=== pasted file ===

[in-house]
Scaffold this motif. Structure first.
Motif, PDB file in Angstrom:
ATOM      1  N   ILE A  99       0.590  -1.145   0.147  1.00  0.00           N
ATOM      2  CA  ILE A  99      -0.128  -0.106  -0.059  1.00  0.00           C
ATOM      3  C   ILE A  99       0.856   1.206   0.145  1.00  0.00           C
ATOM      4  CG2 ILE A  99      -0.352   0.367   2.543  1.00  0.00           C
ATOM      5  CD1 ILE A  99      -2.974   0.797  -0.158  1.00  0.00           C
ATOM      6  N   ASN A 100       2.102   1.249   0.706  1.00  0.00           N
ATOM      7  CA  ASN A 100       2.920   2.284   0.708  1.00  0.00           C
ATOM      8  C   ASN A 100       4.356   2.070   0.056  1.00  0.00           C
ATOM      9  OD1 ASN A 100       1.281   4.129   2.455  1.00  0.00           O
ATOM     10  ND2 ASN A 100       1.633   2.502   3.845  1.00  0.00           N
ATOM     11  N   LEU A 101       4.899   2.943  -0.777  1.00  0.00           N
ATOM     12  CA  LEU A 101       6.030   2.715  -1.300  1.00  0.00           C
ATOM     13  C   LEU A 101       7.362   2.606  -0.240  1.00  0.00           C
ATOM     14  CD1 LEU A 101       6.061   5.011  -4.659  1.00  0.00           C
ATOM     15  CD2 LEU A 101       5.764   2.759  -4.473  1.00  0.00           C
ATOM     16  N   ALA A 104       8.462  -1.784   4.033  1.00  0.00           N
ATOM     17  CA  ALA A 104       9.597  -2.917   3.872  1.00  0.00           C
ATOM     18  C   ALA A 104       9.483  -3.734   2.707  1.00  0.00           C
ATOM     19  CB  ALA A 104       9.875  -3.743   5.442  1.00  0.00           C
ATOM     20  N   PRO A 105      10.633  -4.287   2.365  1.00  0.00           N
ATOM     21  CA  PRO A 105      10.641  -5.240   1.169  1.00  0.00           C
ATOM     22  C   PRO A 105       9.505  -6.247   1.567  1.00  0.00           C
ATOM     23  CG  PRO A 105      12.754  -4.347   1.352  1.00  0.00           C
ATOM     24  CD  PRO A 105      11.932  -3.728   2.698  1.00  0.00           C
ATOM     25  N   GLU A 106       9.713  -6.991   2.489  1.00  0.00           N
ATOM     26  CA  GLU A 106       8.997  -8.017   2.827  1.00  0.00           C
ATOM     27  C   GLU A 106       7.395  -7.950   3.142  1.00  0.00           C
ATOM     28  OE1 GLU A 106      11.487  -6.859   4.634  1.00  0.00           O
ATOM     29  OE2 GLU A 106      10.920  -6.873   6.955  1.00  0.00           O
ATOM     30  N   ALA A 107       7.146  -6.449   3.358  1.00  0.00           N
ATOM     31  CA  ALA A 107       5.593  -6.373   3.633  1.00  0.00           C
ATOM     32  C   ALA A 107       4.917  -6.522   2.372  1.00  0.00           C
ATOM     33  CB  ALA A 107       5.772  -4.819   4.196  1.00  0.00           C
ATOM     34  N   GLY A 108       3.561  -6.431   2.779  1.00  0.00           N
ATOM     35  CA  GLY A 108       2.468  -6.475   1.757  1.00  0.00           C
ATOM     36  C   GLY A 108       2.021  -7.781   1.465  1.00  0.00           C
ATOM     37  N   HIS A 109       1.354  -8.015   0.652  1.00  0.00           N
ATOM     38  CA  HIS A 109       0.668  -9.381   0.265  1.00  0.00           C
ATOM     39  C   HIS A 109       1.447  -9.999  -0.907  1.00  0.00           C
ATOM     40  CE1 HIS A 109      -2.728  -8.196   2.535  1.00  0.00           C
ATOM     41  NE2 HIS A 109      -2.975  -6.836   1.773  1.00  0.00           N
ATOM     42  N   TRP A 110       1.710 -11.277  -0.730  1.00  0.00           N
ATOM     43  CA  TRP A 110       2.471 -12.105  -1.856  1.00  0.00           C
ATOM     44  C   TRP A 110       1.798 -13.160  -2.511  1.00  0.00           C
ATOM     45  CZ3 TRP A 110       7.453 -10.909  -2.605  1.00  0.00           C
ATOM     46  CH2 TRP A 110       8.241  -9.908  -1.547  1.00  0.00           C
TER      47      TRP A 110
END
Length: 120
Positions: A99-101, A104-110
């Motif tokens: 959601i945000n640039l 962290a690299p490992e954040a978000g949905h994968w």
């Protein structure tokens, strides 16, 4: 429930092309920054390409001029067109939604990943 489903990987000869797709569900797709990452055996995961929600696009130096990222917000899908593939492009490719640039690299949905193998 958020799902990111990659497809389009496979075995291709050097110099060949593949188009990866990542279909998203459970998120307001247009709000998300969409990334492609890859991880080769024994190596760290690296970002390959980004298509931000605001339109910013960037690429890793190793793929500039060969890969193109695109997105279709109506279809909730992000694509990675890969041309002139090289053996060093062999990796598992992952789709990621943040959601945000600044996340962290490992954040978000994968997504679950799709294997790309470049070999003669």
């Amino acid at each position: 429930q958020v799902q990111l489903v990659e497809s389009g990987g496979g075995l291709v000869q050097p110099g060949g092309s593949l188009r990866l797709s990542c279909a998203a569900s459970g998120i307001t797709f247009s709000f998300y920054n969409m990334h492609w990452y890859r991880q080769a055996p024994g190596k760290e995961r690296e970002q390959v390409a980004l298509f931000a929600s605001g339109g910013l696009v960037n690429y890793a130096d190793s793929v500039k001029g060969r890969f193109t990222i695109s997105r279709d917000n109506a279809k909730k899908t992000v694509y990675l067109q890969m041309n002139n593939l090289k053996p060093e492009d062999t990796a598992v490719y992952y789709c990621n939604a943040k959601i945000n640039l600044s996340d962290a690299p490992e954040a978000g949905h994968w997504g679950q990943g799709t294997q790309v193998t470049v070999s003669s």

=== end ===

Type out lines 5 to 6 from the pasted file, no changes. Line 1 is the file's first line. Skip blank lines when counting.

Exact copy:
ATOM      2  CA  ILE A  99      -0.128  -0.106  -0.059  1.00  0.00           C
ATOM      3  C   ILE A  99       0.856   1.206   0.145  1.00  0.00           C